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Apple Loses Senior Machine Learning Director Over Return to Office Policy
Ian Goodfellow, a Director of Machine Learning in Apple’s Special Projects Group, has reportedly left the tech giant because of its return-to-office policy.
Editorial credit: Andrey Bayda / Shutterstock.com
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2 minute read

Ian Goodfellow, a Director of Machine Learning in Apple’s Special Projects Group, has reportedly left the tech giant because of its return-to-office policy.

While Goodfellow isn’t the highest-ranking member of his department, he was likely the company’s most cited machine learning expert, according to The Verge’s Zoë Schiffer, who first broke the story.

Goodfellow had been with Apple since March 2019 and joined the Cupertino-based company after stints as a Research Scientist at Google and OpenAI.

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The tech mind’s departure appears to be linked to Apple’s return-to-office policy, which required workers to show up in the office at least one day a week beginning April 11, but has gradually ramped up. On May 2, the iPhone maker bumped its minimum number of days in-office to at least two days per week, and that number will jump to three days per week later this month.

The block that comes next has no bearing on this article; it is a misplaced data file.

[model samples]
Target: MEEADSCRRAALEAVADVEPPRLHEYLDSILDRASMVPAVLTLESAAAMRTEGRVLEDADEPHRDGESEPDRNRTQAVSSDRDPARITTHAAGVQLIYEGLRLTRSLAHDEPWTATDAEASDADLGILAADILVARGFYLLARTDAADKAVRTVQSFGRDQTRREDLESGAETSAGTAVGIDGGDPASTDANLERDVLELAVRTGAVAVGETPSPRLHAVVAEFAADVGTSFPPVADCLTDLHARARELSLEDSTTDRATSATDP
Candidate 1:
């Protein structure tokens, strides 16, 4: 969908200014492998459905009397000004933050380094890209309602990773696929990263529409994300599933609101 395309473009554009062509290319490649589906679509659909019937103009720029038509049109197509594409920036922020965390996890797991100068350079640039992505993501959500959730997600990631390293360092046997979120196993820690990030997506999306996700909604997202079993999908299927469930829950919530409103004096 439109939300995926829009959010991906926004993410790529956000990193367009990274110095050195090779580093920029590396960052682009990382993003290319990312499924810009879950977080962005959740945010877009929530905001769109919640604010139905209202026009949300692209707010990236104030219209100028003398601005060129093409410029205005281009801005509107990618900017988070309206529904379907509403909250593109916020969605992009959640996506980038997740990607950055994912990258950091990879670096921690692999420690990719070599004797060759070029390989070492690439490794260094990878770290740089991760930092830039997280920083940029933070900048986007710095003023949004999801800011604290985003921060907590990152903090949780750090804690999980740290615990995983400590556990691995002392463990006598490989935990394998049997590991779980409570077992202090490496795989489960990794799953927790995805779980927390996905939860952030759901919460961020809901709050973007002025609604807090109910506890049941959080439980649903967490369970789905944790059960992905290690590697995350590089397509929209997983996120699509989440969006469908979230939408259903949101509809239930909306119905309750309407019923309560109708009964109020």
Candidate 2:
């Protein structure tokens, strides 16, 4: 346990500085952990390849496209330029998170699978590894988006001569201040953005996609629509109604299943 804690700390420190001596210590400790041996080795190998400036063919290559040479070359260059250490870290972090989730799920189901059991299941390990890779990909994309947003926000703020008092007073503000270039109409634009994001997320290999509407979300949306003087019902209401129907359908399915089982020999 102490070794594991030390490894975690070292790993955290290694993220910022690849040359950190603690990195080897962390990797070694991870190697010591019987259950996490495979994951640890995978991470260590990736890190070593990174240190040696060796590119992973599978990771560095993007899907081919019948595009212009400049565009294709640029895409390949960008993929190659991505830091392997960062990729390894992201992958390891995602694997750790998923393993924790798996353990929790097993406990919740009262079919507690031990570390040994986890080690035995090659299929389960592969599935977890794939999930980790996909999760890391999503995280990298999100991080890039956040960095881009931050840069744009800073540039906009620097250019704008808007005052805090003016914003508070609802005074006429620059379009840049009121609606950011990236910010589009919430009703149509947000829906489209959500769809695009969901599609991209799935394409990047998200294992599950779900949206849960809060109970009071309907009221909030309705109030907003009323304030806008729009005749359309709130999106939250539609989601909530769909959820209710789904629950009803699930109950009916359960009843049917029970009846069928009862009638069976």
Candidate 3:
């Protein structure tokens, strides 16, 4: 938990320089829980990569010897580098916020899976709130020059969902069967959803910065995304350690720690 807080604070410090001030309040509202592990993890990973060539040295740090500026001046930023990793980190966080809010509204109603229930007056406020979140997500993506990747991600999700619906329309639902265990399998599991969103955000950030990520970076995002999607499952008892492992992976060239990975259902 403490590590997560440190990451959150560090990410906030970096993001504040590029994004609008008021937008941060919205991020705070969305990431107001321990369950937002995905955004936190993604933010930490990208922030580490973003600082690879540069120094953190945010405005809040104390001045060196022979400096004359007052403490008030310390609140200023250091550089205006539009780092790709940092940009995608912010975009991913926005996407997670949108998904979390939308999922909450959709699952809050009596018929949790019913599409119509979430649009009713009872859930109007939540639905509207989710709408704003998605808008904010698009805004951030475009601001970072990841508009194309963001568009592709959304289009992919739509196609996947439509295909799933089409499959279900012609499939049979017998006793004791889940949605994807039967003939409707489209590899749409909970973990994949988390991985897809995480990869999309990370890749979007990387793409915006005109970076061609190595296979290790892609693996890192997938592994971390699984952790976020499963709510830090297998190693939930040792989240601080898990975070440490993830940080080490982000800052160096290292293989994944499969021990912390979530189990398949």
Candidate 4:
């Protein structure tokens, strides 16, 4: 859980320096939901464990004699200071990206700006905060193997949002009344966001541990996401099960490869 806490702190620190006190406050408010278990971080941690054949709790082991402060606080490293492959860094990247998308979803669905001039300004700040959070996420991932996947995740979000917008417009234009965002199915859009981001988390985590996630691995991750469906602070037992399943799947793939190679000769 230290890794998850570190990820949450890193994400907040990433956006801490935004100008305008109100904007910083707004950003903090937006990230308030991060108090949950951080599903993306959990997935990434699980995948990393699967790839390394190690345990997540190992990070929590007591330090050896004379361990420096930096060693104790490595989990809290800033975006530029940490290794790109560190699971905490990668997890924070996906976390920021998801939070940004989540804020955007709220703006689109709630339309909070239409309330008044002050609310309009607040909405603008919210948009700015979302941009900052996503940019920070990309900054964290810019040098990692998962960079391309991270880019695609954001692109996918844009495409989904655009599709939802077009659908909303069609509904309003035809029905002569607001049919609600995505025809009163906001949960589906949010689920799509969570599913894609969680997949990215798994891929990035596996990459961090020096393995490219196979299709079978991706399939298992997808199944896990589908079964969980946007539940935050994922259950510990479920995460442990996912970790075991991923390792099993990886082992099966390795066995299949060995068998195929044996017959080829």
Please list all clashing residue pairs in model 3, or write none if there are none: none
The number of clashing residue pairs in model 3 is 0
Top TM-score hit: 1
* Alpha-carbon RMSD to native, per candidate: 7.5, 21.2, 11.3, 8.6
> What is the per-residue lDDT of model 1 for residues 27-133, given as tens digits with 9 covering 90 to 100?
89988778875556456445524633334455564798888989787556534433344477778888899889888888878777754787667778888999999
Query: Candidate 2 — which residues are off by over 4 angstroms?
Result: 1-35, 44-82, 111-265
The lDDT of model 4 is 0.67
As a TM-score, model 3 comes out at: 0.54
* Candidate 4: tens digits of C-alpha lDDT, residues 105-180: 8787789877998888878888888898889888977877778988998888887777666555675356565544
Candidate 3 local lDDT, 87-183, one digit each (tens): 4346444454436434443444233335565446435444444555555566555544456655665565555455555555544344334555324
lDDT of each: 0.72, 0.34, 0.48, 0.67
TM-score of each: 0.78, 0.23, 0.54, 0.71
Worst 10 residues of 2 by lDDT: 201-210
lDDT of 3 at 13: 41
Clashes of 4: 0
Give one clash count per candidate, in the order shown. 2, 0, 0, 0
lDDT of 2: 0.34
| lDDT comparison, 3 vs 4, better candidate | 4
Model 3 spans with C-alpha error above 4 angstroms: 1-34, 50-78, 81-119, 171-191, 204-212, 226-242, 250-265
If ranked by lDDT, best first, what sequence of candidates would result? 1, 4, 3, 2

“I believe strongly that more flexibility would have been the best policy for my team,” Goodfellow reportedly stated in a note to his staff.

Goodfellow isn’t alone in his aversion to returning to a physical office, as 76% of the 652 Apple workers surveyed by anonymous social network Blind between April 13 to 19 said they were dissatisfied with Apple efforts to get employees back to its offices.

Blind director of public relations Rick Chen described its users as “overwhelmingly corporate workers in engineering or product roles.”

Apple employees aren’t just griping about the return to HQ in anonymous forums. They have also published a formal letter detailing their complaints to company leadership, stating that the policy doesn't “recognize flexible work” and is “driven by fear.”

Goodfellow’s high-profile defection from Apple could spark even more departures as knowledge workers look to retain their at-home work setups. Blind’s study also found that 56% of Apple employees claimed they are looking to leave Apple because of its stringent return-to-office policy.

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